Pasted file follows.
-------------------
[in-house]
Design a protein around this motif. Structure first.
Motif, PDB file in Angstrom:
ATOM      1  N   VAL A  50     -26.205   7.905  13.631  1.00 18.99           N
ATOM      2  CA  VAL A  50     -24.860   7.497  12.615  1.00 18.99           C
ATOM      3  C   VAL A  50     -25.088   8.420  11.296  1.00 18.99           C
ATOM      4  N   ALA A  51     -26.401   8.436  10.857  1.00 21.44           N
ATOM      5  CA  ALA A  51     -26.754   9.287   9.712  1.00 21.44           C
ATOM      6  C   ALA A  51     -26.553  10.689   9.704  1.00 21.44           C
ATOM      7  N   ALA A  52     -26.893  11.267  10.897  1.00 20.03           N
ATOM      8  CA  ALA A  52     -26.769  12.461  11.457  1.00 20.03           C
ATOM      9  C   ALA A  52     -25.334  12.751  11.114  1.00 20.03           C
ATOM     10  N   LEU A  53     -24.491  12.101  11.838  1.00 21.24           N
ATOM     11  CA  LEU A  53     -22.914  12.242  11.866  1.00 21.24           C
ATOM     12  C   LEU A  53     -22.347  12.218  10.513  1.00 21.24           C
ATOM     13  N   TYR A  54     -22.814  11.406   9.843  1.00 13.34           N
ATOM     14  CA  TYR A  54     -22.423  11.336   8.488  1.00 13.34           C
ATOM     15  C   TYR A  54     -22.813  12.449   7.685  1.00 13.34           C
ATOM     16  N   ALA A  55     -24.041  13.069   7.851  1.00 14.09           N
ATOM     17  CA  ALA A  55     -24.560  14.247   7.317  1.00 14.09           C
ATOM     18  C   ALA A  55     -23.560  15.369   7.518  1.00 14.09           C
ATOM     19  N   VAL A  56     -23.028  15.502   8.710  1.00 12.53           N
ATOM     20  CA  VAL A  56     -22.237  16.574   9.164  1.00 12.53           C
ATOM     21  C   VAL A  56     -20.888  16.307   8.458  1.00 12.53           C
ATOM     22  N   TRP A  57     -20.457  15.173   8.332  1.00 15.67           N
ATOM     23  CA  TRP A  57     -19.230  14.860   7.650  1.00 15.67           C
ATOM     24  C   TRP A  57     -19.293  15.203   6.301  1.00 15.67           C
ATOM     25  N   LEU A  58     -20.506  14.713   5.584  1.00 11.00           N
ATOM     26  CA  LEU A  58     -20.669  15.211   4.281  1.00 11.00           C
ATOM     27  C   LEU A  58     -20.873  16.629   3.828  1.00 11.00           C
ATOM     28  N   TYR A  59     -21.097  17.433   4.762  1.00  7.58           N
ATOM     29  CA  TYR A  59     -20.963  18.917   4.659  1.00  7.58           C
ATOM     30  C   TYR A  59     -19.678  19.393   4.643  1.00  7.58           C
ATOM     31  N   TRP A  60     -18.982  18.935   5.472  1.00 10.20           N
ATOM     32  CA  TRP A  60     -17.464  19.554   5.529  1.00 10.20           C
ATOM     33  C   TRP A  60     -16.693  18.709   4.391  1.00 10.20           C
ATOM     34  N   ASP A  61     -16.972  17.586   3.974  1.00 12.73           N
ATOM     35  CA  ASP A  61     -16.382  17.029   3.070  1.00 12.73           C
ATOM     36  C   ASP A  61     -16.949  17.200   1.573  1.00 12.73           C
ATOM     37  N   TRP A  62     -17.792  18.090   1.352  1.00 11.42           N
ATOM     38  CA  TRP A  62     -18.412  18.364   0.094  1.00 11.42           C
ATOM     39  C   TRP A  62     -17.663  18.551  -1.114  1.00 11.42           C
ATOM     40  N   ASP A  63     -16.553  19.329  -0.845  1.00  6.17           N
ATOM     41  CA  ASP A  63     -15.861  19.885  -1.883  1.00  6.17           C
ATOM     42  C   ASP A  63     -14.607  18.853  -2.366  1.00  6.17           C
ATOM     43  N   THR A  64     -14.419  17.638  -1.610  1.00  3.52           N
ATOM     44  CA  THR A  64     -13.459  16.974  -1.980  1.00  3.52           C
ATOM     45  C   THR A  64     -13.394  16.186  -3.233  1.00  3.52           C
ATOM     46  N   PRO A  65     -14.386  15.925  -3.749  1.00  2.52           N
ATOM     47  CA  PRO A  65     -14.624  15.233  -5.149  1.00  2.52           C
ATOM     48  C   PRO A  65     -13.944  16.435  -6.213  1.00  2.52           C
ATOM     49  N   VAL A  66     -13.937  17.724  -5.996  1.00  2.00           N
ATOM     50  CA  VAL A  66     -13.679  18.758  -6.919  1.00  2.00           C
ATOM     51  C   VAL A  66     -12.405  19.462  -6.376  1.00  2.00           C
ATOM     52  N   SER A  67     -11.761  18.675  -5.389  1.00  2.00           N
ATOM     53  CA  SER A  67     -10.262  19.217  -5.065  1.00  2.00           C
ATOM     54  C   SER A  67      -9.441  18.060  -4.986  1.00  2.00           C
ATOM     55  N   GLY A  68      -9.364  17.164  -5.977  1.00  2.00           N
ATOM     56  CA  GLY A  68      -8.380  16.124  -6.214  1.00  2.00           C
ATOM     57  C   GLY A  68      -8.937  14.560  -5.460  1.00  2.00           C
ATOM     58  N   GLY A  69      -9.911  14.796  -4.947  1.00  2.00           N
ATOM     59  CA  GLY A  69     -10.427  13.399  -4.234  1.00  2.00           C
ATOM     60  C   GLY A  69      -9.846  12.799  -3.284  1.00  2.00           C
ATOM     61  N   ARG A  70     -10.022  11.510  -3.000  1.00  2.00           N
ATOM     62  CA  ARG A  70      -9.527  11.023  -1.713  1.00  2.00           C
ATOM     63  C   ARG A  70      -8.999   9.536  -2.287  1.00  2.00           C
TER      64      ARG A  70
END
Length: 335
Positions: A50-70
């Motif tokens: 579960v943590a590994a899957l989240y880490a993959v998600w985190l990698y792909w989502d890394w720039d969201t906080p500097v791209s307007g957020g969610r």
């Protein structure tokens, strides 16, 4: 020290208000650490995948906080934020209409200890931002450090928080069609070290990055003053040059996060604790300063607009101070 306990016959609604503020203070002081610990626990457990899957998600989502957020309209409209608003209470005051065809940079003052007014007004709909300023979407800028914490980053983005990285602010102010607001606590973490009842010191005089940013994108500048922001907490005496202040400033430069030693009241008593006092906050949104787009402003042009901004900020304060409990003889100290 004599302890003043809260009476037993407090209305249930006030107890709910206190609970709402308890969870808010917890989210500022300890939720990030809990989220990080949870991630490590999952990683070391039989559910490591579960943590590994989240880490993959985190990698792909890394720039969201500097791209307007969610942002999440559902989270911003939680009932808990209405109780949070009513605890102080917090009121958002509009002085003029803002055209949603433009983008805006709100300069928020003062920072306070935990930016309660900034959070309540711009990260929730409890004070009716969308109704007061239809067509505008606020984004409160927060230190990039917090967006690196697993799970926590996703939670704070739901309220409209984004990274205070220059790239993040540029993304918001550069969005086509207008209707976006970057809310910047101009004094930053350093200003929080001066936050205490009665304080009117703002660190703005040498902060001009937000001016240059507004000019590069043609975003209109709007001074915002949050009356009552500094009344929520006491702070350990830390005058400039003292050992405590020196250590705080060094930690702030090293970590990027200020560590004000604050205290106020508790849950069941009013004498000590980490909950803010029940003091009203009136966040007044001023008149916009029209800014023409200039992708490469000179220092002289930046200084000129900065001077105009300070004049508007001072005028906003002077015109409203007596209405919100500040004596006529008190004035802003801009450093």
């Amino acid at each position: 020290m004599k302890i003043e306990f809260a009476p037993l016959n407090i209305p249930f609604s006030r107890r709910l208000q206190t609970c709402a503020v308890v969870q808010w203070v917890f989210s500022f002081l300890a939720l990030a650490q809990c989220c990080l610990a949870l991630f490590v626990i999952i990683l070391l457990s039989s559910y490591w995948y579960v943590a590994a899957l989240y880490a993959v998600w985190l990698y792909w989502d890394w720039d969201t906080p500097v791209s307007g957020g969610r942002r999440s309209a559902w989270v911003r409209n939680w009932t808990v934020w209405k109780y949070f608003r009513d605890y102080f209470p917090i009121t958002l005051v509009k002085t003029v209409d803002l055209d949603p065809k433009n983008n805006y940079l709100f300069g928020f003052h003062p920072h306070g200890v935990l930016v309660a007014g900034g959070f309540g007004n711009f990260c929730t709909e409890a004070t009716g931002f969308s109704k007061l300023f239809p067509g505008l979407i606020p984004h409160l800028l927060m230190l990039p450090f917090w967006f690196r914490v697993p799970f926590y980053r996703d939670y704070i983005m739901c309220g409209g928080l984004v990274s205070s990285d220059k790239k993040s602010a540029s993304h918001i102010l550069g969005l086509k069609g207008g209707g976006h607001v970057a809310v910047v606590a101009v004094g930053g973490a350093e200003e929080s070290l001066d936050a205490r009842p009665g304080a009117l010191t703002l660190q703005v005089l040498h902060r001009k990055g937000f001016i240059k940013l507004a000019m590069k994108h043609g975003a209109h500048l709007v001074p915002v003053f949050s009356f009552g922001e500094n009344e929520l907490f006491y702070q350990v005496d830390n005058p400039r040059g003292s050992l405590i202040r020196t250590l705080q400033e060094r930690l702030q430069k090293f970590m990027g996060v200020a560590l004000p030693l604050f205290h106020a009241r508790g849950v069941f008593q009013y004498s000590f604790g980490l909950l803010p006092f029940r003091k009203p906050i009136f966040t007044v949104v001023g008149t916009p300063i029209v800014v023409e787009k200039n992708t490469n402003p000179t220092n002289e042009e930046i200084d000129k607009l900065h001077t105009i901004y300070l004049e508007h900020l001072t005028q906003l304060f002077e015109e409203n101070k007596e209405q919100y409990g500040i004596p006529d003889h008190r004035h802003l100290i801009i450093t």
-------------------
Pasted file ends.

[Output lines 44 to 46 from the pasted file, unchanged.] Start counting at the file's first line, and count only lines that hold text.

ATOM     41  CA  ASP A  63     -15.861  19.885  -1.883  1.00  6.17           C
ATOM     42  C   ASP A  63     -14.607  18.853  -2.366  1.00  6.17           C
ATOM     43  N   THR A  64     -14.419  17.638  -1.610  1.00  3.52           N